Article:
Monday, June 20, 2011
As Erichson writes below, the Wal-Mart employment discrimination class action was decided today. Here are some preliminary thoughts on two surprising things about the decision.
Most suprising.The thing I found most suprising about the decision was the unanimous agreement on limiting the scope of Rule 23(b)(2). As our loyal readers know, two commonly used types of class actions were at issue in the case: injunctive class actions (brought under FRCP 23(b)(2)) and money damages class actions (brought under FRCP 23(b)(3)). Because getting a class action certified under the money damages part of the rule - (b)(3) - is harder and more costly than the injunctive part - (b)(2) - it matters which one the plaintiffs are allowed to seek. Here 9 agreed that claims for back pay need to be certified as a (b)(3). This means that they need to meet the hightened requirements of superiority and predominance, which are exactly what they sound like - is the class action superior to individual actions? Do the common issues predominate over individual ones?
Title VII class actions seeking certification as injunctive actions and also asking for back pay are common. Does every Title VII class action seeking pack pay now need to be certified as a money damages class action and meet these additional requirements? I am not sure. On the one hand, the Court wrote that a b(2) class action is not appropriate where plaintiffs seek an "individualized award of monetary damages." (Slip Op at 21). Since all back pay awards are somewhat individualized, even if easily calculated, this would argue in favor of requiring (b)(3) certification of all back pay claims. On the other hand, the Court left open the possibility of money damages in a b)(2) class action where money damages as "incidental". Here the Court was particularly concerned about the fact that some class members for the back pay claims are no longer class members for the injuctive claim because they have left Wal-Mart's employment. The Court explained that continually reevaluating the class to see who was still in Wal-Mart's employ & therefore entitled to both an injunction and back pay was inefficient. Might it be then that a class could be structured so that every member of the class was still entitled to back pay and an injunction? What if the back pay was really small?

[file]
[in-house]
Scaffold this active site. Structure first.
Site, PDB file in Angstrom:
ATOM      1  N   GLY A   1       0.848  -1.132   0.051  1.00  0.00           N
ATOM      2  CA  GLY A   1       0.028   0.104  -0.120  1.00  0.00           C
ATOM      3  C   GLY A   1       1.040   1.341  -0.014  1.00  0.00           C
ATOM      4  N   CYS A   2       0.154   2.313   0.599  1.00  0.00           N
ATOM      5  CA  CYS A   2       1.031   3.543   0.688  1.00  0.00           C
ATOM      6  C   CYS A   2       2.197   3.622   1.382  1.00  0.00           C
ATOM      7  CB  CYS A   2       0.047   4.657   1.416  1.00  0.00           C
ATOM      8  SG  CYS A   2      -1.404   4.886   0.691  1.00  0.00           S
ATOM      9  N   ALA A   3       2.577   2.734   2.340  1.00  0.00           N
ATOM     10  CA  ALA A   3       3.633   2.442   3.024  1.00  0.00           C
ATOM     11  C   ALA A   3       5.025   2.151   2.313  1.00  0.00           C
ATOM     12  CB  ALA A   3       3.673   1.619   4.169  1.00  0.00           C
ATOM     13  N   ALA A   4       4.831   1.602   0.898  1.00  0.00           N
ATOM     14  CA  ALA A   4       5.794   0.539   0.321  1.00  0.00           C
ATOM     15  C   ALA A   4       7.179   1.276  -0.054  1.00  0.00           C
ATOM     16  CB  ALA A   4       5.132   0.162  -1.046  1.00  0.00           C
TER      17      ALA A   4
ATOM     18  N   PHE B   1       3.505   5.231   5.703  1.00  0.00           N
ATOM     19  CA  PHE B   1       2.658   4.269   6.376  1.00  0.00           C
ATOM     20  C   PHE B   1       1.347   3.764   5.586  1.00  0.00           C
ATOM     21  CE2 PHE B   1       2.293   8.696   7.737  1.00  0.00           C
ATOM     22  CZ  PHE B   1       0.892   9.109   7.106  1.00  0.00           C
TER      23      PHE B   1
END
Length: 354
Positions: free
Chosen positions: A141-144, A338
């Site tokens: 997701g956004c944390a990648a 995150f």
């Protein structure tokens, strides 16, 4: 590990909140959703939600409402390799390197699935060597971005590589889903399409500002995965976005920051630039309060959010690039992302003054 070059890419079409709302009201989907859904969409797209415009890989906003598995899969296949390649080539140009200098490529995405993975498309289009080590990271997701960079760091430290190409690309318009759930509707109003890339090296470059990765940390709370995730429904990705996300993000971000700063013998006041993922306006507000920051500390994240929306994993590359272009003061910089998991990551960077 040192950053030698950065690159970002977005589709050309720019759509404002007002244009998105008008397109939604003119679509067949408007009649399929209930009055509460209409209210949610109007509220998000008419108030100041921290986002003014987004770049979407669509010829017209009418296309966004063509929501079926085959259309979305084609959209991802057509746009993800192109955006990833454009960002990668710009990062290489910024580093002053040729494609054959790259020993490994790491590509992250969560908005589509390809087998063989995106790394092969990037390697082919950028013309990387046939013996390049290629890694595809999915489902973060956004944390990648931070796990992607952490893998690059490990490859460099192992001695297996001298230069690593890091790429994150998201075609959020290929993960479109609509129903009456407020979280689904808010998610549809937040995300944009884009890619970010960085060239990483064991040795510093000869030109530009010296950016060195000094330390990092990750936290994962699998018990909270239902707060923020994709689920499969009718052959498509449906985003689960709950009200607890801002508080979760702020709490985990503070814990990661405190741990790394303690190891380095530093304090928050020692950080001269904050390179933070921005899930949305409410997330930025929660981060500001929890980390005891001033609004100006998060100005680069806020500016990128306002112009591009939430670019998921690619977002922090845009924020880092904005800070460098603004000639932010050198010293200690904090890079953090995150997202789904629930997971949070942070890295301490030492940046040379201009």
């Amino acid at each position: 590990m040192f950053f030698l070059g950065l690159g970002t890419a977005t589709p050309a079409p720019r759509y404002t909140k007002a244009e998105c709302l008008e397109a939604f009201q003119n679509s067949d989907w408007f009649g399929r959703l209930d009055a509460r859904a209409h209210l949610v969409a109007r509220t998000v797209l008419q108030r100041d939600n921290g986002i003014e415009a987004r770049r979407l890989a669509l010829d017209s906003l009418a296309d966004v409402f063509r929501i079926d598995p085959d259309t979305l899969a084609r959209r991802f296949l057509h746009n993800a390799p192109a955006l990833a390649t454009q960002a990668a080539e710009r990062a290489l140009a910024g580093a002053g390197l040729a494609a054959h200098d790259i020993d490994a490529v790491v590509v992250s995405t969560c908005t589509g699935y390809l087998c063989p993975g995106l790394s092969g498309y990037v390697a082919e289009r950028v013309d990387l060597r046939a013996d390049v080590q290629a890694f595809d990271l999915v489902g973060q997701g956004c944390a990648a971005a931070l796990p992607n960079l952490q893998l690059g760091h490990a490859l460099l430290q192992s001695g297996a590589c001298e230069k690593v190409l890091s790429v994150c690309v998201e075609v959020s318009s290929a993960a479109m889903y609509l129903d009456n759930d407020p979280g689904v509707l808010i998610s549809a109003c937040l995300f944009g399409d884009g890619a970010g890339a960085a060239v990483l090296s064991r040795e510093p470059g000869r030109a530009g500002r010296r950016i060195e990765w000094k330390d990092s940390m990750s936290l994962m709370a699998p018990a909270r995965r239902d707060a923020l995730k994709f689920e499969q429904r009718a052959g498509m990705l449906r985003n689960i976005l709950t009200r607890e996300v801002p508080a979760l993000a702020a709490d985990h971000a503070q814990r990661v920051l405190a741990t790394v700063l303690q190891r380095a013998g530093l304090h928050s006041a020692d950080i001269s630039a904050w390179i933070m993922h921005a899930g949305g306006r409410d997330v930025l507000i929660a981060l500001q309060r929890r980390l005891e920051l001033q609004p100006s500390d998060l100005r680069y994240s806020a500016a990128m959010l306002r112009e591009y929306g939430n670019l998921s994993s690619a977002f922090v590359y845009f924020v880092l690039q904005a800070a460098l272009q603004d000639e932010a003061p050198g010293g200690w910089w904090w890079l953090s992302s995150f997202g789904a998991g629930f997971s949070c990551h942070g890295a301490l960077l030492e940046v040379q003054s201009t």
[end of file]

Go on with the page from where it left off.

The implication of the Court's rejection of "trial by fomula" (Slip Op at 27) in this case is very important for the survival of (b)(3) back pay claims. If the back pay claims are individualized and require individual hearings, then no class action will lie because these claims won't be certified as a b(3) either. And this would have a genuine negative impact on persons entitled to back pay who would have had their claims vindicated in the class context. The people who would suffer most under this would be people with legitimate claims for smaller amounts of back pay - in the $2,500 like the Dukes plaintiffs - because they would readily meet the superiority requirement (the only way they will be vindicated is through a class action mechanism) but are unlikely to meet the heightened predominance requirement.
Second surprise & one for the academy. The majority relied heavily on the work of the late Richard Nagareda. It was good to see Richard's work recognized in this way, if sad to know that he is not alive to appreciate the compliment. It was also interesting in light of the recent bruhaha over C.J. Robert's statements, in sum and substance, that the academy adds nothing to the practice of law or the work of judges.
More on the applicability of Richard's work and where I disagree with him, as well as the implications of the Court's rejection of "trial by formula" for mass torts, a bit later.